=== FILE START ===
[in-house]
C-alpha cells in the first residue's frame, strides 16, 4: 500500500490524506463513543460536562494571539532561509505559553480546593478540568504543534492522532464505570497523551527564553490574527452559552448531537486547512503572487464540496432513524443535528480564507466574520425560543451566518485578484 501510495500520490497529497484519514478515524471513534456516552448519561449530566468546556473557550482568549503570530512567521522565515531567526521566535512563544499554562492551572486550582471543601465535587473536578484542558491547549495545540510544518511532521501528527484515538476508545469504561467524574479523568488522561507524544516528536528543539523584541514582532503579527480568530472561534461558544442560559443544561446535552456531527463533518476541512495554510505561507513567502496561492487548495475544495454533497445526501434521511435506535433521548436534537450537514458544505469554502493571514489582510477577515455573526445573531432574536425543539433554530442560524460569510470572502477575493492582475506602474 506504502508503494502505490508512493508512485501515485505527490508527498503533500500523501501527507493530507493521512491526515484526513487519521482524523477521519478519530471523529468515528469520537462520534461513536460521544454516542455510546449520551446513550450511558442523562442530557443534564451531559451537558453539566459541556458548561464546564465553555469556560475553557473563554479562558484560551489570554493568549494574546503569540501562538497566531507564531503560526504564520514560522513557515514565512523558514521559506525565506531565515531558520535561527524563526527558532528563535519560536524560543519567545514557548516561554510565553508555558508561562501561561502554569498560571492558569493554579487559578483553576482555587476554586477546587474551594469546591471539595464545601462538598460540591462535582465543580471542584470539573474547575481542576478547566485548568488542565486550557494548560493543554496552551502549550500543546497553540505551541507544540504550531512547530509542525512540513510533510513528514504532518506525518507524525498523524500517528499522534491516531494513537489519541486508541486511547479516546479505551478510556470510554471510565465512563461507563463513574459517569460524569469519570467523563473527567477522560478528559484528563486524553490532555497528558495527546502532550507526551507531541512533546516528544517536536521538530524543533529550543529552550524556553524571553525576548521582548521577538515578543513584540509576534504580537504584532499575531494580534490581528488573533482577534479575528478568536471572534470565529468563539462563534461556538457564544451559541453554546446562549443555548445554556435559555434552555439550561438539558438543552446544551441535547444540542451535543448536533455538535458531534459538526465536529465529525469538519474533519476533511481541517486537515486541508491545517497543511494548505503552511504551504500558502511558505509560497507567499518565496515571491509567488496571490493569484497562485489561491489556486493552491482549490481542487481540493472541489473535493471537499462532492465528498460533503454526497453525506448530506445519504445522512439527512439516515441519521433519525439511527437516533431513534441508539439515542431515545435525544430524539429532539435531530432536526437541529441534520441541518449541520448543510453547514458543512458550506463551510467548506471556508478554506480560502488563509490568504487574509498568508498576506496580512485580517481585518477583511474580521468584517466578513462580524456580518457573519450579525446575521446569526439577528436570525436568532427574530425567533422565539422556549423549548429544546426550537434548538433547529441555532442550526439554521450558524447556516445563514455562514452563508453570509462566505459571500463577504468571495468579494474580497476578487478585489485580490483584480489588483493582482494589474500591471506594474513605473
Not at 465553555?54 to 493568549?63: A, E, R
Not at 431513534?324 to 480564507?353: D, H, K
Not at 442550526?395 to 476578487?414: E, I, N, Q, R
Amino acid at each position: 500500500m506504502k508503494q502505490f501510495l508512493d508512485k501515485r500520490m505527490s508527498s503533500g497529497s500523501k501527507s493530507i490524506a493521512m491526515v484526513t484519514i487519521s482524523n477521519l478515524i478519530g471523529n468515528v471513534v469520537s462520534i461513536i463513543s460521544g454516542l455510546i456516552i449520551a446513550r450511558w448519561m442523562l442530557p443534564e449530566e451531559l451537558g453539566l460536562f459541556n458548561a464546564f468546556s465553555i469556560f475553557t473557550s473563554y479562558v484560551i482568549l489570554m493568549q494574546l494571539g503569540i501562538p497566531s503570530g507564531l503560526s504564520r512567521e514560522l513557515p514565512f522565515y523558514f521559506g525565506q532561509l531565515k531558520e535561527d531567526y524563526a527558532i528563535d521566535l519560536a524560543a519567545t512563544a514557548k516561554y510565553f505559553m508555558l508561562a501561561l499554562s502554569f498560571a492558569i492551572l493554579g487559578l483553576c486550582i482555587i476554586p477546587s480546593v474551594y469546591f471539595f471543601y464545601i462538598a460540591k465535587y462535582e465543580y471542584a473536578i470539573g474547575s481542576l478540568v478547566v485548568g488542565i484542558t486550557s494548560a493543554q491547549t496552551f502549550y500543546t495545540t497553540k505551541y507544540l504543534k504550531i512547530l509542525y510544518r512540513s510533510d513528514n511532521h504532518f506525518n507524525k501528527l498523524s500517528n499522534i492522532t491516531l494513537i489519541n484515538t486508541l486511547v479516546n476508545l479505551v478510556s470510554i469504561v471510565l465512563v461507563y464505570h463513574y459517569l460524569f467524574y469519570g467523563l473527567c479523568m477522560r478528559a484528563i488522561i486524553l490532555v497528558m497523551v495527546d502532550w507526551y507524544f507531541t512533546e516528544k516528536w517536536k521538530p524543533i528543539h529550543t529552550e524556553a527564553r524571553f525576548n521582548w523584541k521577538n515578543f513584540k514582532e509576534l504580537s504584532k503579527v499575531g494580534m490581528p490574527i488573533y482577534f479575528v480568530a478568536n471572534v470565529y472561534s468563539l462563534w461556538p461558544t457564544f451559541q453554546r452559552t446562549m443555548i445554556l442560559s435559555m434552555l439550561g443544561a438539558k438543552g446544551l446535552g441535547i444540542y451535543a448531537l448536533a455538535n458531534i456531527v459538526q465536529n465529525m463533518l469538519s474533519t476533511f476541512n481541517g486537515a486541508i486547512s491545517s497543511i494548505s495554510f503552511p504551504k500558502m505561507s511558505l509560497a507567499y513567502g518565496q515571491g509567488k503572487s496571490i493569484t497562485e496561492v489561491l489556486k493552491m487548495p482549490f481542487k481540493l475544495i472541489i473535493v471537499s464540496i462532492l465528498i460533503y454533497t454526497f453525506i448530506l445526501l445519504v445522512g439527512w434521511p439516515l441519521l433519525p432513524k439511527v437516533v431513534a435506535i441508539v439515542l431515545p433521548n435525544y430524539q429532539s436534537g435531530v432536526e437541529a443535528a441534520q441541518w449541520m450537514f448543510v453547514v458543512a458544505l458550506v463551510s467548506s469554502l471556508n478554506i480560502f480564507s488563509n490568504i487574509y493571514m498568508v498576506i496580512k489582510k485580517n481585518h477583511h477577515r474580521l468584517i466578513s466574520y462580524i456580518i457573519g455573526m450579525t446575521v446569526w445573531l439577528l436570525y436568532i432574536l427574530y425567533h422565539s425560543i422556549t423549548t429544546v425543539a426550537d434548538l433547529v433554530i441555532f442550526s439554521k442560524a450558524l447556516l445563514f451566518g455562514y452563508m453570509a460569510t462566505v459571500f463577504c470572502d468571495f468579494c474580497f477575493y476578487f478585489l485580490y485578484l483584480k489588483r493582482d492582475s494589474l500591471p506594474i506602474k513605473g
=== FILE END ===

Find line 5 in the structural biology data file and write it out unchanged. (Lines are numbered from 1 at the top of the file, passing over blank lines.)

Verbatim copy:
Not at 442550526?395 to 476578487?414: E, I, N, Q, R